What Didn’t Kill Me is a book I never thought I’d have to write. At 34 years old, though broke and beaten down by ten years of college and a career gone horribly wrong, I was blissfully pregnant. After years of carefully planning, years of being a devoted aunt, it was finally time for my husband, Wayne, and me to have a baby and start a family of our own. I got pregnant quickly, chose a midwife—it would be a natural birth at home—and heard my baby’s heart beat at 11 weeks. Then I got on a plane to California, there was blood, and nearly overnight, I was abandoned by my midwife and plunged down the rabbit hole of fertility treatment and into the serial grief of reproductive trauma.
Devastated by multiple miscarriages, a rare genetic diagnosis, and the brutal torment of IVF (in-vitro fertilization) and PGD (pre-implantation genetic diagnosis), but determined to have the family I’d always dreamed of at any cost, I found myself navigating a path to motherhood that turned everything I thought about pregnancy, birth, and myself ferociously on its head and left wrecked relationships and annihilated finances in its wake. What Didn’t Kill Me is the story of the eight years I dangled from the emotional roller coaster—more like a rigid W—of my new course with my feet in stirrups, as the world tried to convince me to “relax” and that God had a plan, and my biological clock threatened to sound its final gong.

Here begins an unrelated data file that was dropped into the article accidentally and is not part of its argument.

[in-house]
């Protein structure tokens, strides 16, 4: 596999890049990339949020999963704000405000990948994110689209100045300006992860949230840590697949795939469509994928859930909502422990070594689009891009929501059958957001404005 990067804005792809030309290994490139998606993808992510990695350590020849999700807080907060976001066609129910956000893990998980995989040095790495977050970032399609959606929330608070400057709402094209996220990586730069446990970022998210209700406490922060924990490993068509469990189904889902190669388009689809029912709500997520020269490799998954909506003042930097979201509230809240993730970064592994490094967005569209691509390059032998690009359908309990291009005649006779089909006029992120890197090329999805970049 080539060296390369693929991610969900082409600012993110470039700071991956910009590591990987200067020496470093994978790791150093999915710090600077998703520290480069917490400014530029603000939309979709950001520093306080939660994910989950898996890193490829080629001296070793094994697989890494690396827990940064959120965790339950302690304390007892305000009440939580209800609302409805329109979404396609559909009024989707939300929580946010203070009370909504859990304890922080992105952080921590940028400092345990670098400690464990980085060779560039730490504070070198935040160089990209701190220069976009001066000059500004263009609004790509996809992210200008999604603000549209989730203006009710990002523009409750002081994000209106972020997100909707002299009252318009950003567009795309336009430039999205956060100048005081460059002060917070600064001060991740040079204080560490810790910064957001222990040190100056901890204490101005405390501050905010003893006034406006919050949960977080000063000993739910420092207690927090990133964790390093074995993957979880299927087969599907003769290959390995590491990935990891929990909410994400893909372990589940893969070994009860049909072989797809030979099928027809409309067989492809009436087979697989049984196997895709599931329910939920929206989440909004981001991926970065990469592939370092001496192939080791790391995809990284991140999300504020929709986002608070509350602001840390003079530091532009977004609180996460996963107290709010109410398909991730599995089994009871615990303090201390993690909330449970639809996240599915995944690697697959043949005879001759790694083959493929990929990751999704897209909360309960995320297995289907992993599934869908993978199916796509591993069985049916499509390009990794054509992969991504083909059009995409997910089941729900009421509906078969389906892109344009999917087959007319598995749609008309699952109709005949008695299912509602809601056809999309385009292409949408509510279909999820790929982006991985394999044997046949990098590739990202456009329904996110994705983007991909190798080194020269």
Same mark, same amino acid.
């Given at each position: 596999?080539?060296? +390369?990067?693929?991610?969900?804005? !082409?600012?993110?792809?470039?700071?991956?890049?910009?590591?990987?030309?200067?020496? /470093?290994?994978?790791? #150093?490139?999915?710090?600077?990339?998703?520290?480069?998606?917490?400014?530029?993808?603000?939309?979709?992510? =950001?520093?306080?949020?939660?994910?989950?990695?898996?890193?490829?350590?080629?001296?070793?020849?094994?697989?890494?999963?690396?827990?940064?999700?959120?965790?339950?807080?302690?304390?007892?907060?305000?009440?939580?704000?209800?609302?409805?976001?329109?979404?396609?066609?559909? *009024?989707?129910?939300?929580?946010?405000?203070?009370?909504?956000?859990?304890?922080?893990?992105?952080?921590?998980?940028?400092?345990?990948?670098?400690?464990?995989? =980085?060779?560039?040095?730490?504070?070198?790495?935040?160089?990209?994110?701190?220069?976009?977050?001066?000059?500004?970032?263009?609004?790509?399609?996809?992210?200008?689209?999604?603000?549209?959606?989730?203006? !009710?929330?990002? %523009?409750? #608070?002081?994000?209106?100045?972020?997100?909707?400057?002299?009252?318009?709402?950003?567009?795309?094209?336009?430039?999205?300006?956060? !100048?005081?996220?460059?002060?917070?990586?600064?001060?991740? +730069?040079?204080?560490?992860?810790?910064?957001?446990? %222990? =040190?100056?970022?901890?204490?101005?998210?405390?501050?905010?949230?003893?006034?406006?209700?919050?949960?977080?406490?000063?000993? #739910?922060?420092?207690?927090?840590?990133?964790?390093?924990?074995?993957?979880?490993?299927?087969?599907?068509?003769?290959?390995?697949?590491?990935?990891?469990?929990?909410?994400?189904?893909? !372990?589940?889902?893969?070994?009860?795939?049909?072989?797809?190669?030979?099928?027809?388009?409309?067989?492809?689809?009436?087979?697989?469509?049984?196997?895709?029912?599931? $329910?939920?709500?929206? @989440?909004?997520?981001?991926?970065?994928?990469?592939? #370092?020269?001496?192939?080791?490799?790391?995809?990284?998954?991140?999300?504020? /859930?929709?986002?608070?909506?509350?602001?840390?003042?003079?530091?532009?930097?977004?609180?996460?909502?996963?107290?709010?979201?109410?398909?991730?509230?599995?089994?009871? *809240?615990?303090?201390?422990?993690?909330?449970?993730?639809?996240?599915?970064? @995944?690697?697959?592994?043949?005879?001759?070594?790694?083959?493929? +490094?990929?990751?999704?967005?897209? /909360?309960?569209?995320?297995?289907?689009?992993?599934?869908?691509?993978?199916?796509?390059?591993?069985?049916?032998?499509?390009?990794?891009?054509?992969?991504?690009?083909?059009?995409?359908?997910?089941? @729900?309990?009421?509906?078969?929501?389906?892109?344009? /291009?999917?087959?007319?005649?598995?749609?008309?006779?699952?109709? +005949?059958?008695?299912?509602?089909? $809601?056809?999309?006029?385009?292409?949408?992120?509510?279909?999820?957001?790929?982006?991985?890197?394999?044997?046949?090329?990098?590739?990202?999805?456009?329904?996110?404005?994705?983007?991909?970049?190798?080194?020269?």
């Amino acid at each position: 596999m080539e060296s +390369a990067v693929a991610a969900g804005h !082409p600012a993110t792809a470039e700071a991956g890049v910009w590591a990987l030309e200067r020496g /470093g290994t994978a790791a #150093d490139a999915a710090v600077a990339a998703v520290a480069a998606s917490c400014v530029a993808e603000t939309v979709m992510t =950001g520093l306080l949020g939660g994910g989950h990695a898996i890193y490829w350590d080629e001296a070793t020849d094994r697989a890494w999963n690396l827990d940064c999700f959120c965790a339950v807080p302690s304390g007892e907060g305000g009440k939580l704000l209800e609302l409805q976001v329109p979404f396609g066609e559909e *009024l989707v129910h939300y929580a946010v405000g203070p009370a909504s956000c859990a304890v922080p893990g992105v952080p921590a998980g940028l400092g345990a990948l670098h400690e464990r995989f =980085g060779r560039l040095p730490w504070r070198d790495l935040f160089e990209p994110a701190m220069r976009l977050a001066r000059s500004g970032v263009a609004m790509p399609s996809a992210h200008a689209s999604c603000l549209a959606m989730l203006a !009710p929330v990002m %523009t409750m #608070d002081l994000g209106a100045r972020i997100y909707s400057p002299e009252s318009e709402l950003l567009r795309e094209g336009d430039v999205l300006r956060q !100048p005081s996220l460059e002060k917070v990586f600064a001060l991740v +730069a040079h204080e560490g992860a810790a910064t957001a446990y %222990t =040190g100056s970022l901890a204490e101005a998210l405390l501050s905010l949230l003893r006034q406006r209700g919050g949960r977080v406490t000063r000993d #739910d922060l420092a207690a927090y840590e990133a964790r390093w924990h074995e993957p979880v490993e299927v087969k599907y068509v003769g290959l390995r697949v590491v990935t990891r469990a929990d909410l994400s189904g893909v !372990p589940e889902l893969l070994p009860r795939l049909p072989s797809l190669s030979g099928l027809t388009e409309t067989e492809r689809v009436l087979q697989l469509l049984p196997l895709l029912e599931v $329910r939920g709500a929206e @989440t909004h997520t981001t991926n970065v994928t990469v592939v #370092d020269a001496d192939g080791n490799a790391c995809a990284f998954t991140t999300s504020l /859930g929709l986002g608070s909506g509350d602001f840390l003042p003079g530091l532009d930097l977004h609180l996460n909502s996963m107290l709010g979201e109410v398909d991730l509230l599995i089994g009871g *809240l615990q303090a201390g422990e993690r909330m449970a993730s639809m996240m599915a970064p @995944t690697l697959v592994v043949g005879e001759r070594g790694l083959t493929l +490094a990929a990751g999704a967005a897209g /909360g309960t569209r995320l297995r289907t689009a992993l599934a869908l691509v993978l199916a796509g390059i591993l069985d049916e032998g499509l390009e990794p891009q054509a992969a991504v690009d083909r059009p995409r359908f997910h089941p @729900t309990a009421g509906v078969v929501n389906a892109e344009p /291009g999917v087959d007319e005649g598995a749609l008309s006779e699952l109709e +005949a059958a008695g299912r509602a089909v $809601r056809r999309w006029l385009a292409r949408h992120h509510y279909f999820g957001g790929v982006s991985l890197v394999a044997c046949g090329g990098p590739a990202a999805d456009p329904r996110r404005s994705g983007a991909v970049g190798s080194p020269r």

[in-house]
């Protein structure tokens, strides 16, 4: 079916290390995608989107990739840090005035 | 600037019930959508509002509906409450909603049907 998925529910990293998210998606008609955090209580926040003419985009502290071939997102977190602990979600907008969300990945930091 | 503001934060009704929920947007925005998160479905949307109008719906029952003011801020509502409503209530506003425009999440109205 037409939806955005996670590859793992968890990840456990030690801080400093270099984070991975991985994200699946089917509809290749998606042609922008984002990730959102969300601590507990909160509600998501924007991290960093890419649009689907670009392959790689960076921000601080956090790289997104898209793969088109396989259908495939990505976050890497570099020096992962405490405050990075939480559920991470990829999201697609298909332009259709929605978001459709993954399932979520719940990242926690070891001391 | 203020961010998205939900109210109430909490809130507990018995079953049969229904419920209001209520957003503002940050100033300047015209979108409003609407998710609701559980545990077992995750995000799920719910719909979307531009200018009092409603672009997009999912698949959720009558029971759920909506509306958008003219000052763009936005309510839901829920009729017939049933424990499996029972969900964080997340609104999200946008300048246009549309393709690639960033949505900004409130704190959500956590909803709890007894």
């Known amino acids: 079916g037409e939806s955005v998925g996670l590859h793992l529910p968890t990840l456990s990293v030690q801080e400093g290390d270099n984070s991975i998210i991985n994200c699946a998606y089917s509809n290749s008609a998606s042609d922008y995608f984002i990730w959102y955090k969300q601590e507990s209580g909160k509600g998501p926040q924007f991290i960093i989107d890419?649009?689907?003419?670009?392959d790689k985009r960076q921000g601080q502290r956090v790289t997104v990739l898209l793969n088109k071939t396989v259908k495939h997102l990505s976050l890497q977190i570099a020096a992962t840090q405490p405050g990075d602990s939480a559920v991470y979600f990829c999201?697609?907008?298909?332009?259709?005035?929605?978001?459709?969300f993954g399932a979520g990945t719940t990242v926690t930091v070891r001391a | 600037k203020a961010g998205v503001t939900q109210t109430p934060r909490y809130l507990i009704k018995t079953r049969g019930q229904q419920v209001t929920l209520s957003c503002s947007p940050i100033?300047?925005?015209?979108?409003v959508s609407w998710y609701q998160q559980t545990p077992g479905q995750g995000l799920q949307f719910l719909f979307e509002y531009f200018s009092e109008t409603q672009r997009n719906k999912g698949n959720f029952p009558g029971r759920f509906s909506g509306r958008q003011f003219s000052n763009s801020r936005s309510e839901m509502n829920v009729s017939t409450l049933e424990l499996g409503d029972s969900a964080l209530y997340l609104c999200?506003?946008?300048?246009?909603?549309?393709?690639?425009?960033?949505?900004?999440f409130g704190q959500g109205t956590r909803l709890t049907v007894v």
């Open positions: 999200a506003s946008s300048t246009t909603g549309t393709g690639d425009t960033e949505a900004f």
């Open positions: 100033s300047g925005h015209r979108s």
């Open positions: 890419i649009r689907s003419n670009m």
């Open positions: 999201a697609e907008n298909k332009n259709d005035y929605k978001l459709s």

On her thirtieth birthday, Dr. Ellie Gale, a chiropractor, faces disillusionment when she discovers that her lawyer boyfriend, Bob, is cheating instead of proposing, and that she’s trapped in a profession she despises. An attempt to console herself with a cruise to the Bahamas with her best friend Simone ends in disaster when Ellie falls for Troy, a gorgeous surfer who makes her forget she ever had an ex, only for him to disappear the next day, and a tell-all article she writes about her profession that no one was ever supposed to see ends up being published in a newspaper back home in South Florida. Ellie is forced to re-evaluate the life she spent twenty-one years and hundreds of thousands of dollars carefully constructing, while dealing with kooky colleagues and patients, a floundering private practice, a malpractice lawsuit, her sick mother, supportive but resigned friends, and her struggle to reconcile “right” love versus real love. When she decides to compete in an Ironman triathlon, Ellie must find the courage, hope, and ultimately, the self-forgiveness to pursue a childhood dream that could give her a second chance at career fulfillment and true love.